Greek Lexicon searches using Google Books

Google Books search engine allows one to enter actual Greek text as a searchable parameter.

This is a very special resource for those who wish to read or translate the Greek Church Fathers. Google Books can be used as one massive Greek Lexicon database.

It still isn’t quite as concise or have the ability to breakdown a conjugation or declension to its root form as the Perseus digital library does but where Perseus lacks in ecclesiastical usage, Google Books array of Lexicons fills in the void.

The Lexicons are old versions, mostly from the 1800s and the meanings are often in an older English vernacular, but these lexicons are classics and still provide a helpful and necessary aid for users today.

This has been mentioned before in my previous article Translation Tips on the Greek Church Fathers but the power of such a tool has both been underestimated and improved since the introduction of that article.

How Google Books has accomplished such a feat, it is not known, but for the difficult to read or translate 4th century texts such as Origen, Eusebius and more it is a must-have tool and a great time-saver.

It provides access to at least 6 different Greek Dictionaries. Not all of them are Greek-English Dictionaries; one is French, another Latin, and if one does a more thorough search than done here, likely German too.

One must keep in mind though that it isn’t always accurate. It appears to have difficulties with character recognition. For example, the common Greek word πνευμα pneuma, yields very few results, though if one looks manually into any one of the dictionaries in the Google Books Greek Lexicons, it appears quite frequently.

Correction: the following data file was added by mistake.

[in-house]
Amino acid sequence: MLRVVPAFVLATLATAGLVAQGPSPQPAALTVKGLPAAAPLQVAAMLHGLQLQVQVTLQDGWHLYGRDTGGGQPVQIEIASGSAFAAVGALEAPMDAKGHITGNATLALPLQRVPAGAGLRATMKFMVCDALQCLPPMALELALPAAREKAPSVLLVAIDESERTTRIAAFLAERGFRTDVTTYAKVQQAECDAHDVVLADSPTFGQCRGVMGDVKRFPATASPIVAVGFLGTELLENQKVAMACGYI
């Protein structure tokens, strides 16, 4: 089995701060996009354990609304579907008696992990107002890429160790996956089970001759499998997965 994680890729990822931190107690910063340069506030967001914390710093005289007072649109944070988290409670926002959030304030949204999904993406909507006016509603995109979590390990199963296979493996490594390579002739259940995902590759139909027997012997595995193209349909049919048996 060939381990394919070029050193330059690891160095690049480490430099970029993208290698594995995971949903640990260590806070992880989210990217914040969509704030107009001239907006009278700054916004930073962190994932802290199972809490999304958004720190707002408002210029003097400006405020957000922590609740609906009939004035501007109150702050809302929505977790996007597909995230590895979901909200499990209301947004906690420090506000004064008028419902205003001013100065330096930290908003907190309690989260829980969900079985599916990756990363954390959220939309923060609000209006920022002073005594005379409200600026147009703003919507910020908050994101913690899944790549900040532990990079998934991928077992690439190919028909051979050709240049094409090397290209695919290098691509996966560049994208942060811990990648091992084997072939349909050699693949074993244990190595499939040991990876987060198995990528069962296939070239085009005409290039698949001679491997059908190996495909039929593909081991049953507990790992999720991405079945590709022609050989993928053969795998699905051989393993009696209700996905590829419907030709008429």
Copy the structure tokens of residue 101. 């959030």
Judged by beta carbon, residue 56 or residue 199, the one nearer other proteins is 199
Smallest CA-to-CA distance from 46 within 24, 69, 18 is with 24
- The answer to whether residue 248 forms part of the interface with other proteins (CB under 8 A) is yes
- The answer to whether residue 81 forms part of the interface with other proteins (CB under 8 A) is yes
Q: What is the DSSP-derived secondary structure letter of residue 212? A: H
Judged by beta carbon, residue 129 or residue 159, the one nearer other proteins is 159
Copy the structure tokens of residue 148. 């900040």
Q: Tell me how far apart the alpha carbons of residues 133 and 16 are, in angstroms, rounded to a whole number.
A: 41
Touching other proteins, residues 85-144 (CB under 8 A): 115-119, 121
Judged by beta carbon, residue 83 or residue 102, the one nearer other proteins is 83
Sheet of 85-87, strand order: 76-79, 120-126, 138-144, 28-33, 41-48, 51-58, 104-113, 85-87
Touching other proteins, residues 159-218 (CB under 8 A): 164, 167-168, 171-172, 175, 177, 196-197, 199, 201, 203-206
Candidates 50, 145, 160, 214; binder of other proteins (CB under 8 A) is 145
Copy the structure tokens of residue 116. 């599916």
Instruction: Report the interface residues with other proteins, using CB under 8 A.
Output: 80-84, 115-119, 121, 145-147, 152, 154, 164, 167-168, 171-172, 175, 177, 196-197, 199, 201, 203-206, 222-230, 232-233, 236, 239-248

Another example is the Greek verb πνευματοφορηθῆναι as found in Eusebius’ Church History. If one enters this Greek copy as a search term in Google Books, it will state no such word exists even if one reduces it to a shortened form like πνευματοφ. However the word does exist in its collection. It was manually found in an old version of Lidell and Scott. The example can be found clicking here. Ironically the Perseus database does not contain this verbal form in their version of Liddell and Scott.

This search tool only works on Google Books website. It does not work with pdfs downloaded from the Google Books.

Before the onset of Google Books, translating the Greek Fathers, especially 4th century ones, was a much longer and tedious process. It is a big blessing that scholars even a decade ago would salivate over.

A big thank-you to Google and this amazing free-service they have provided.

1 thought on “Greek Lexicon searches using Google Books”

Leave a Comment